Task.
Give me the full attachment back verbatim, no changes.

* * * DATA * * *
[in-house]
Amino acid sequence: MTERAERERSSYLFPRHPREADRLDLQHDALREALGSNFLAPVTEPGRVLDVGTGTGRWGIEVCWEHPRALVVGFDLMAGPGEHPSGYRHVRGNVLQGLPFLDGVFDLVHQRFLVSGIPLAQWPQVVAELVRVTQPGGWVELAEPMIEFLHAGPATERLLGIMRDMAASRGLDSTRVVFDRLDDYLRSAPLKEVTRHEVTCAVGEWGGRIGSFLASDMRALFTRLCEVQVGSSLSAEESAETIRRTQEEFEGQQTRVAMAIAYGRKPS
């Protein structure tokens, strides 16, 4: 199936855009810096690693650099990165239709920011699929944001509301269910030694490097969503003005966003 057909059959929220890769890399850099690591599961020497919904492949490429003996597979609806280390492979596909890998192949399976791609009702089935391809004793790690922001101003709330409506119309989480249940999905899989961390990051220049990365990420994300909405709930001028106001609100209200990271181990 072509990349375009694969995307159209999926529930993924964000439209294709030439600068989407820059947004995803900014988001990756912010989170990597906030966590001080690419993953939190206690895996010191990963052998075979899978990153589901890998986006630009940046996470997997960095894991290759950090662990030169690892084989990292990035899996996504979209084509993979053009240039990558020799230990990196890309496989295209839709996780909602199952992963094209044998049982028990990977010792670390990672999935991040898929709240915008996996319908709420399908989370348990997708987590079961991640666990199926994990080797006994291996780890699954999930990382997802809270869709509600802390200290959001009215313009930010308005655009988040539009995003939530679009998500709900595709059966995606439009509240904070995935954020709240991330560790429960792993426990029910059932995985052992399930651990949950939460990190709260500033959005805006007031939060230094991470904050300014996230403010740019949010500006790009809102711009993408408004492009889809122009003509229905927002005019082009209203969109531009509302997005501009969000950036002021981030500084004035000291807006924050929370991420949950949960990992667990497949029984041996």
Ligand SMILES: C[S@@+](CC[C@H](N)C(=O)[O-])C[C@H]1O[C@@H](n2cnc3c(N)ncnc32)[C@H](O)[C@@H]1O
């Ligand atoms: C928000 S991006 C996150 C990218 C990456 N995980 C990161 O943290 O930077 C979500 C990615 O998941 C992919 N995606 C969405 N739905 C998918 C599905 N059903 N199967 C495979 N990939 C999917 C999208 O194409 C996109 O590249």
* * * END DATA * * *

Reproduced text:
[in-house]
Amino acid sequence: MTERAERERSSYLFPRHPREADRLDLQHDALREALGSNFLAPVTEPGRVLDVGTGTGRWGIEVCWEHPRALVVGFDLMAGPGEHPSGYRHVRGNVLQGLPFLDGVFDLVHQRFLVSGIPLAQWPQVVAELVRVTQPGGWVELAEPMIEFLHAGPATERLLGIMRDMAASRGLDSTRVVFDRLDDYLRSAPLKEVTRHEVTCAVGEWGGRIGSFLASDMRALFTRLCEVQVGSSLSAEESAETIRRTQEEFEGQQTRVAMAIAYGRKPS
């Protein structure tokens, strides 16, 4: 199936855009810096690693650099990165239709920011699929944001509301269910030694490097969503003005966003 057909059959929220890769890399850099690591599961020497919904492949490429003996597979609806280390492979596909890998192949399976791609009702089935391809004793790690922001101003709330409506119309989480249940999905899989961390990051220049990365990420994300909405709930001028106001609100209200990271181990 072509990349375009694969995307159209999926529930993924964000439209294709030439600068989407820059947004995803900014988001990756912010989170990597906030966590001080690419993953939190206690895996010191990963052998075979899978990153589901890998986006630009940046996470997997960095894991290759950090662990030169690892084989990292990035899996996504979209084509993979053009240039990558020799230990990196890309496989295209839709996780909602199952992963094209044998049982028990990977010792670390990672999935991040898929709240915008996996319908709420399908989370348990997708987590079961991640666990199926994990080797006994291996780890699954999930990382997802809270869709509600802390200290959001009215313009930010308005655009988040539009995003939530679009998500709900595709059966995606439009509240904070995935954020709240991330560790429960792993426990029910059932995985052992399930651990949950939460990190709260500033959005805006007031939060230094991470904050300014996230403010740019949010500006790009809102711009993408408004492009889809122009003509229905927002005019082009209203969109531009509302997005501009969000950036002021981030500084004035000291807006924050929370991420949950949960990992667990497949029984041996």
Ligand SMILES: C[S@@+](CC[C@H](N)C(=O)[O-])C[C@H]1O[C@@H](n2cnc3c(N)ncnc32)[C@H](O)[C@@H]1O
């Ligand atoms: C928000 S991006 C996150 C990218 C990456 N995980 C990161 O943290 O930077 C979500 C990615 O998941 C992919 N995606 C969405 N739905 C998918 C599905 N059903 N199967 C495979 N990939 C999917 C999208 O194409 C996109 O590249």